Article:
Stop & Shop to be anchor development in Town Center

posted Sep 24, 2008, 2:57 PM by Larry Kiernan

A smarter, leaner new prototype of Stop & Shop will be the anchor development in the new mixed-use Wayland Town Center, the developers announced Wednesday.
The regionally headquartered supermarket company signed a 20-year lease as the anchor tenant, setting the tone for the new center, which will feature a pedestrian-friendly main street layout with high end shops, cafes, walkways, offices, condos and open spaces at the junction of route 20 and 27.
Due to break ground this fall with demolition, site work and construction continuing throughout the year, some stores will open as early as the end of 2009 and a grand opening of the center is planned for the spring of 2010.
"We are thrilled at this announcement and look forward to working with the other tenants who have joined the center as construction begins this fall," said Wayland Town Administrator Fred Turkington.

The developer will contribute more than $400,000 to the town to assist in its costs for consultants to perform peer review and give recommendations on developer’s applications. The developer has also pledged a $3 million gift to the town of Wayland and $250,000 toward the town’s bike path from Wayland’s historic district on Route 27 to the project on Route 20.

Walk-to-School-Day is OCT 8th this year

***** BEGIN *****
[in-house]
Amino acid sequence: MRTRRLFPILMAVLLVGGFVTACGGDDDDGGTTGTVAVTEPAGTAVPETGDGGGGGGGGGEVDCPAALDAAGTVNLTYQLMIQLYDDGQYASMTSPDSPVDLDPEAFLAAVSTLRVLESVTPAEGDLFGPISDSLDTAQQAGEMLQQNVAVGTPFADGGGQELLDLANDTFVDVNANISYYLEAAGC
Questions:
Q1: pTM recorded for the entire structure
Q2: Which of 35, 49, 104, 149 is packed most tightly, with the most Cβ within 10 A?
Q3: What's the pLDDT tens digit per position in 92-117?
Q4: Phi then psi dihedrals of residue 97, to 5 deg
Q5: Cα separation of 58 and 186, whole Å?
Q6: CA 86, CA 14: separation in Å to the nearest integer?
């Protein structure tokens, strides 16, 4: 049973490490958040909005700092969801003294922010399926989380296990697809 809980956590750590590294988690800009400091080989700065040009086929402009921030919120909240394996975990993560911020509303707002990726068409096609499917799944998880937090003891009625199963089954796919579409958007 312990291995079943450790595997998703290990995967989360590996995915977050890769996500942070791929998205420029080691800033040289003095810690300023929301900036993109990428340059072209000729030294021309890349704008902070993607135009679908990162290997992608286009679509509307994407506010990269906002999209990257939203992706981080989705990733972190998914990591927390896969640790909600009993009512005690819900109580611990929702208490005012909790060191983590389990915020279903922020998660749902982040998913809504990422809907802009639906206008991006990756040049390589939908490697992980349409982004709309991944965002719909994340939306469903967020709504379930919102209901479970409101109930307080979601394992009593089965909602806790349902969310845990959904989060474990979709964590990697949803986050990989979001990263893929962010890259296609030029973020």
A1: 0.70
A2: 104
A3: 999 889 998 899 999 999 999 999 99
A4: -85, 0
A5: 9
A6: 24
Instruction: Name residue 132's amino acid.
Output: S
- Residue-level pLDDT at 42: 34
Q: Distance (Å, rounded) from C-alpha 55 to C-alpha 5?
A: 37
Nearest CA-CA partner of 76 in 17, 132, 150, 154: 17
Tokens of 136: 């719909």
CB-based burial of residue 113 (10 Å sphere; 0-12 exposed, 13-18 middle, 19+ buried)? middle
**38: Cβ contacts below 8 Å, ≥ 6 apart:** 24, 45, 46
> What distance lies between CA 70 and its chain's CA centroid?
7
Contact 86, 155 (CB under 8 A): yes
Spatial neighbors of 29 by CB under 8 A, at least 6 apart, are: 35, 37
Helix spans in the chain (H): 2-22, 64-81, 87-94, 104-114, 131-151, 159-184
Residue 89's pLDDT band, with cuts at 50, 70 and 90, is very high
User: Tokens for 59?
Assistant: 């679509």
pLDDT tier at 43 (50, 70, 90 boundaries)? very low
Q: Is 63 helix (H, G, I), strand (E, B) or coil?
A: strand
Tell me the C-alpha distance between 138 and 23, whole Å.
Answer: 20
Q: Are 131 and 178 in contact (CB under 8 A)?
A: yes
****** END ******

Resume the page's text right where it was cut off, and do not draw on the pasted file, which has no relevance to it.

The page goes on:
posted Sep 18, 2008, 1:39 PM by Larry Kiernan   [ updated Oct 18, 2008, 10:23 AM ]

Take a look at the Town Crier Article One of the great things about walking and biking is that virtually everyone can participate—including young people who are unable to drive. Two national initiatives encourage young Americans to appreciate the joys and benefits of walking and biking.

Walk-to-School-Day is October 8 this year. Nearly 1,500 schools are participating from 48 states to encourage students to get to school without a car. Walk-to-School Day in the United States is part of international Walk-to-School Day, which involves more than three million walkers around the world.

Safe Routes to School (SRTS) is a federal program to provide schools and communities with funds to establish infrastructure and programs that encourage students to walk or bike to school. This $612 million program has been extremely popular in engaged communities.

Visit Rails-to-Trails Conservancy's Web site to read more about these programs, including tools to find out if your community participates in either initiative.


posted Sep 18, 2008, 8:14 AM by Larry Kiernan   [ updated Sep 18, 2008, 12:45 PM ]

Starting immediately, DCR is accepting applications from Friends groups and other park
advocacy groups, civic and community organizations, institutions, businesses, and dedicated
individuals with an interest in improving the Commonwealth’s natural, cultural, and
recreational resources. During the remainder of fiscal year 2009, which ends June 30, 2009,
DCR will allocate the $1.5 million in matching funds to capital projects proposed and partly
funded by those groups and approved by agency officials.
Applications for the matching funds are due by October 17, 2008, and DCR will decide which
projects will receive matching funds by November 14, 2008. DCR will match projects dollar
for dollar, and also will consider providing a two-to-one match for small projects to enable
partners with a small base of financial support to see their projects come to fruition.
For more information on the program, and to receive an application, call 617-626-4917, or
send an e-mail to ethel.stafford@state.ma.us. Information and applications also are available
at www.mass.gov/dcr.   Full Press Release